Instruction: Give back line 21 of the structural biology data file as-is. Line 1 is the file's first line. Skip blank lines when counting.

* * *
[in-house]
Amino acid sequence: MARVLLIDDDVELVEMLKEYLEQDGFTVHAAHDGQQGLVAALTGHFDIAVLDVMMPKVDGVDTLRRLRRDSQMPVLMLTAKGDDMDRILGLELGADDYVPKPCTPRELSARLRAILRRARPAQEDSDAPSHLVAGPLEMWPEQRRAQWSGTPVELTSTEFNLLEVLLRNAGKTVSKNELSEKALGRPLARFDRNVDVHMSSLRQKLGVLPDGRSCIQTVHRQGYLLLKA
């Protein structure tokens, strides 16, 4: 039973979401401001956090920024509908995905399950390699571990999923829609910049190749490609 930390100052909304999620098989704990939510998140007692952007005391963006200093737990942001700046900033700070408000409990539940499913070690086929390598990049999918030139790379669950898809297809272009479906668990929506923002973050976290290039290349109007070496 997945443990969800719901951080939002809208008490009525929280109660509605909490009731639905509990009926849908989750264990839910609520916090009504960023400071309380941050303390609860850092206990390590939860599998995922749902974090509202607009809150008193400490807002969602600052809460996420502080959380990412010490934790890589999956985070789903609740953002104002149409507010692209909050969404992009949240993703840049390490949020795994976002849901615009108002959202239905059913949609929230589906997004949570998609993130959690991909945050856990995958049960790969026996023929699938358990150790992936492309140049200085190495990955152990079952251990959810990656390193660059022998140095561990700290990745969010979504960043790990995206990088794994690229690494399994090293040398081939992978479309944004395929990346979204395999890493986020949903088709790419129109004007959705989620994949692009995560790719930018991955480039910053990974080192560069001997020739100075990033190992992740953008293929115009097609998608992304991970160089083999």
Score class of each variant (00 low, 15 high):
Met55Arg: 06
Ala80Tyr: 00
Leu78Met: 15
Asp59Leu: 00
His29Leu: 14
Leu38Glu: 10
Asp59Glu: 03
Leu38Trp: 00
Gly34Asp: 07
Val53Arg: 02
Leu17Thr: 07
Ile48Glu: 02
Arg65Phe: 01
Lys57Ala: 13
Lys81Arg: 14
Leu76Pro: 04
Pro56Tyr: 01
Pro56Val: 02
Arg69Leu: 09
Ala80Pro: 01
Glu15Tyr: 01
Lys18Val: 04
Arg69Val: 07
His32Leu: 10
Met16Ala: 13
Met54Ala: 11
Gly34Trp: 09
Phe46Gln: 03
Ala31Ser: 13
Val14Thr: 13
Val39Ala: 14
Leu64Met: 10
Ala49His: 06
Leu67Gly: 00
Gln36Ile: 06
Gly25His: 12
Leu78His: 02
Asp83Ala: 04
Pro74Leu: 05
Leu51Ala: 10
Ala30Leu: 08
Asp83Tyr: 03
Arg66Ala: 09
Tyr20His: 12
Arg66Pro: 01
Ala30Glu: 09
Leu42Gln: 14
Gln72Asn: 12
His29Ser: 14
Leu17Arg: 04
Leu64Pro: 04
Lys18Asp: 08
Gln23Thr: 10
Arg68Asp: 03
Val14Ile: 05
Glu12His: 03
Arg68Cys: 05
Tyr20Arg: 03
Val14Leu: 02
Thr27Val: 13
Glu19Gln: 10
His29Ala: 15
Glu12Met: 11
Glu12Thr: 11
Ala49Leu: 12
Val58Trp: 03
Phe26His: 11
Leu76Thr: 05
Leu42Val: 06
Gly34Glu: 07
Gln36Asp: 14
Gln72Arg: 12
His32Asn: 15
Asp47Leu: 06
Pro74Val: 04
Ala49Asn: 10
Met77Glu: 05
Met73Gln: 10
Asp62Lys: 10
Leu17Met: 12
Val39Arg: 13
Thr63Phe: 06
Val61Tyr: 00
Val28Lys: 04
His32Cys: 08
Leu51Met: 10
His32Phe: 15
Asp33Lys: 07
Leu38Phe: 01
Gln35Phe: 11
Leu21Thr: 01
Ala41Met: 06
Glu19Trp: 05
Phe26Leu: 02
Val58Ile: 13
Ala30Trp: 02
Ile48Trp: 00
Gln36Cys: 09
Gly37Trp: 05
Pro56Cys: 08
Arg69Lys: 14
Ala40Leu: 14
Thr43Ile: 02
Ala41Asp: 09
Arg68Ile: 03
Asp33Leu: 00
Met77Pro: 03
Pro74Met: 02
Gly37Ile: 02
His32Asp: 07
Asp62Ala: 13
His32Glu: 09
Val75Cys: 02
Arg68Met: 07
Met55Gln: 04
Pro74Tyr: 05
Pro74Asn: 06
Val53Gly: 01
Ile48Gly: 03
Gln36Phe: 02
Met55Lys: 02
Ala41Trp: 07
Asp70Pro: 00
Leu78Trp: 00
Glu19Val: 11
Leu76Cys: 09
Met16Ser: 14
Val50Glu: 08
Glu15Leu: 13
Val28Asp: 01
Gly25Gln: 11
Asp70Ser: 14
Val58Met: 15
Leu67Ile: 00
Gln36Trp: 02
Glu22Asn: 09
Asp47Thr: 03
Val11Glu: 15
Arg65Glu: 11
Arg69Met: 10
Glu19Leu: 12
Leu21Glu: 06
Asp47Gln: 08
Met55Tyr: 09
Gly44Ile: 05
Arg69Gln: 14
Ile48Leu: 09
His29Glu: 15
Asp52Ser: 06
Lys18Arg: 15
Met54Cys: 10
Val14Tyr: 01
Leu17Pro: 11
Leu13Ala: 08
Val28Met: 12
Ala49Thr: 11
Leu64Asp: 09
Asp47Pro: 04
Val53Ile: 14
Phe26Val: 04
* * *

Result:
Pro56Tyr: 01